The “EDSA Revolution” took place in 1986, leading to the end of Marcos’ dictatorship. It can be asserted that during this period the Communist Party and the New People’s Army presented themselves as the vanguard of this democratic movement. However, it was Corazón Aquino, supported by the USA, who finally managed to take the control of the country. How did the revolutionary movement face this historical moment? What mistakes led to the later dissolution of many political cadres?
Since its founding in 1968, the CPP had always described itself as the advanced detachment of the Filipino working class and as the leading force in the people’s democratic revolution as a matter of principle, policy and line. The extent of development of the revolutionary movement was significantly large despite the tremendous odds but it was not yet enough to overthrow the entire ruling system. It was just enough to cause the overthrow of the Marcos fascist dictatorship and participate in the broad united front to overthrow Marcos and release all the political prisoners. US imperialism and the local exploiting classes of big compradors, landlords and bureaucrat capitalists were still dominant.
During the 14-year resistance against the fascist dictatorship from 1972 to 1986, the CPP had grown to some tens of thousands. The NPA had acquired 6000 automatic rifles through armed struggle and had organized auxiliary and reserve forces like the people’s militia and the self-defense units of the mass organizations. A few millions of people were in underground mass organizations and under the governance of the people’s democratic government. The legal mass organizations of the national democratic movement could muster hundreds of thousands of demonstrations in Manila. But these were not enough to overthrow the entire ruling system.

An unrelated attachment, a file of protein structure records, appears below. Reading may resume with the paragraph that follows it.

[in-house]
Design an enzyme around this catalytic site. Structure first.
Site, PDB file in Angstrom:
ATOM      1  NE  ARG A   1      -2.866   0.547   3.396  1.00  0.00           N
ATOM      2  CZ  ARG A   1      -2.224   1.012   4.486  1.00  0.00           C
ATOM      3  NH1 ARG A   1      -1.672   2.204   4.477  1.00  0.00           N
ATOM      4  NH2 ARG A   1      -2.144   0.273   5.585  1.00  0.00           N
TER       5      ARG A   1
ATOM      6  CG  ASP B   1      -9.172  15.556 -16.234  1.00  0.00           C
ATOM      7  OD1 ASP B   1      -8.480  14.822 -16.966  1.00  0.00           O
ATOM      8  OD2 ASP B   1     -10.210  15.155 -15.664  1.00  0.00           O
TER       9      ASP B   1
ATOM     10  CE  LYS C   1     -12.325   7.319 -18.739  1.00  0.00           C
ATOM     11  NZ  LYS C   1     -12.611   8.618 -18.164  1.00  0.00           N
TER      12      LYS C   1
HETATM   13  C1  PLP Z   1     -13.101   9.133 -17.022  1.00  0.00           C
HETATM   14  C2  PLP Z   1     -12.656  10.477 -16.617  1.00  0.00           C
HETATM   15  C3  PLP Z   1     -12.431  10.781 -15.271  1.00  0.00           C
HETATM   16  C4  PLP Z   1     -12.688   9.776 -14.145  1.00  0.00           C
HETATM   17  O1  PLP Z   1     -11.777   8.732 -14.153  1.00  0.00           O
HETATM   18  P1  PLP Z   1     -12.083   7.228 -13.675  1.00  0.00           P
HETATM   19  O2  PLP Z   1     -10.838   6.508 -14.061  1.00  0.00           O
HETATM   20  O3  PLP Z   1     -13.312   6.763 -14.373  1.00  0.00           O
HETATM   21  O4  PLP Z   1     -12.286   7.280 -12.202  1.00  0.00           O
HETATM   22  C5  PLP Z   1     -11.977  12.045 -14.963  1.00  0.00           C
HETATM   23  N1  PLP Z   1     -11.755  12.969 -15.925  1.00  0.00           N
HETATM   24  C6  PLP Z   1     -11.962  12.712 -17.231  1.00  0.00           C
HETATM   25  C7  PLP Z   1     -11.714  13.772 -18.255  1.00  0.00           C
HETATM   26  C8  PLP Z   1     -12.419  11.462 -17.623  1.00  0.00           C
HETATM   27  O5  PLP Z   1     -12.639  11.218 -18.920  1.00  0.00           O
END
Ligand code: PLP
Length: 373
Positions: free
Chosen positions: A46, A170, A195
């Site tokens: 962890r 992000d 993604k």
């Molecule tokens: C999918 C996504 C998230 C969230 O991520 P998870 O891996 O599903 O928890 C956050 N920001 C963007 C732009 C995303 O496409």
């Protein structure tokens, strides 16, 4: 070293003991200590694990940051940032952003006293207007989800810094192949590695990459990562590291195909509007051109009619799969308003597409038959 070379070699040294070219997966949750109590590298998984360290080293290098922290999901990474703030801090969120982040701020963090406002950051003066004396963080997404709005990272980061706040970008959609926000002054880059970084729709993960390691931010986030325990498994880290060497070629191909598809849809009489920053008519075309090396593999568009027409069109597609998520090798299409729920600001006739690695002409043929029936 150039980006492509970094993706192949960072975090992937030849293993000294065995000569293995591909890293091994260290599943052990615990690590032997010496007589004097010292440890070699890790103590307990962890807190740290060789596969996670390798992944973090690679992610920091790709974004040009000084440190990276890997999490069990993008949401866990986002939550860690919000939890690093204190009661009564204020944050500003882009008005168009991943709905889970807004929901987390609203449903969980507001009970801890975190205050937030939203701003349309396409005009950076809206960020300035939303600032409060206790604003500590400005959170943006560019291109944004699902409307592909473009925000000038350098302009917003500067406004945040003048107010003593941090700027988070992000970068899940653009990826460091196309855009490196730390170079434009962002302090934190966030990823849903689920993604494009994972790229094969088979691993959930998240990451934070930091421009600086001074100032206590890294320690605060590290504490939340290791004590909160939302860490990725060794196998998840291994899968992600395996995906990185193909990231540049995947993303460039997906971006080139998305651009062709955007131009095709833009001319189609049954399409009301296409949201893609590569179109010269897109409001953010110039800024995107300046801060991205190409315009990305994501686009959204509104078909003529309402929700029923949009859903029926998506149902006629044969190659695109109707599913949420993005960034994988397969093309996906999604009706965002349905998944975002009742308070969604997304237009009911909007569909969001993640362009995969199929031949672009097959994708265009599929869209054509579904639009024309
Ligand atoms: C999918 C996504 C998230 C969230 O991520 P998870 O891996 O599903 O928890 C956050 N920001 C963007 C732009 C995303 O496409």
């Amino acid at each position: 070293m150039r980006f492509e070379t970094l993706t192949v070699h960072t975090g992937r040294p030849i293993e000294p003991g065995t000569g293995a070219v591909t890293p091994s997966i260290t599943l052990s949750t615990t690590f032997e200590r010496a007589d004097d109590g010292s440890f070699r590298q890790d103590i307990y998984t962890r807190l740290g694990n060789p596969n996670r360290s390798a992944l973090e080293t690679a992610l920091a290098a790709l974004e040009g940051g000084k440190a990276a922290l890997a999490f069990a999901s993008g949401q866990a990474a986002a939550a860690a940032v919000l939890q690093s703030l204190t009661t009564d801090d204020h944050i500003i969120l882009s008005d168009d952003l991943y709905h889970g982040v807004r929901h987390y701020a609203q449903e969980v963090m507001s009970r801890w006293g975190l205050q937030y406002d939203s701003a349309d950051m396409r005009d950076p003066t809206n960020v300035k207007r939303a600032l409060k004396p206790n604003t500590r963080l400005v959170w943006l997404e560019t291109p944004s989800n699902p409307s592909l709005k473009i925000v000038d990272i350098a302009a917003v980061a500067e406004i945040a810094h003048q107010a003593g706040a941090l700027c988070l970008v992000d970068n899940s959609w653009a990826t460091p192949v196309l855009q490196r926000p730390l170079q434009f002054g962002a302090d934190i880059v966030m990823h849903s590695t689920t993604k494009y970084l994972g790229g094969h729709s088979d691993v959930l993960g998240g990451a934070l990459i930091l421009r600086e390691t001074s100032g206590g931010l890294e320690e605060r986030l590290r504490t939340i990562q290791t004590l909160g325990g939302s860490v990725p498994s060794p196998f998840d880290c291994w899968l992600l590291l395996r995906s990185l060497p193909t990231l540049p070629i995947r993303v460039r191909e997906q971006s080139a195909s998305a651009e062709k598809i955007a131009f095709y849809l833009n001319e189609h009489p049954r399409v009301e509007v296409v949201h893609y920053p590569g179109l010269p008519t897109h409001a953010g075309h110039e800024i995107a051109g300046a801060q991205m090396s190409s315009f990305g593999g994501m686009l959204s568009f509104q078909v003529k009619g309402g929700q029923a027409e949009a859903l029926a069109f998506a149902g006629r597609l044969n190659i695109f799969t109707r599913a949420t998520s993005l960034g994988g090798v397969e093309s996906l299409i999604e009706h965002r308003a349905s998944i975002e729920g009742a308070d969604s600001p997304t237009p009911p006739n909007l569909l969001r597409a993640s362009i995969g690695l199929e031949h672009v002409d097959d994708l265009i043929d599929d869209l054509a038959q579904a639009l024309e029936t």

As part of consolidating her power, Cory Aquino asked for ceasefire negotiations in Manila. A ceasefire agreement for 60 days was reached for the purpose of negotiating the substantive agenda for the peace negotiations. But the ceasefire negotiations were surveiled by enemy intelligence and would lead to the arrest and killing of some negotiators and staff. Before the ceasefire agreement ran out, the presidential security guards murdered and injured peasant demonstrators and their urban supporters in the infamous massacre near the presidential palace on January 23, 1987. This led to the discredit of the Aquino regime and further inflamed the people’s war.
The most important guarantee for the continuance of the Philippine revolution is the perseverance of the CPP, NPA and NDFP on the road of protracted people’s war along the line of the people’s democratic revolution with a socialist perspective. In time of a crackdown on patriotic and democratic forces in urban areas, they have somewhere to go in the countryside in order to fight even better and in a more advantageous way for the national and social liberation of the people.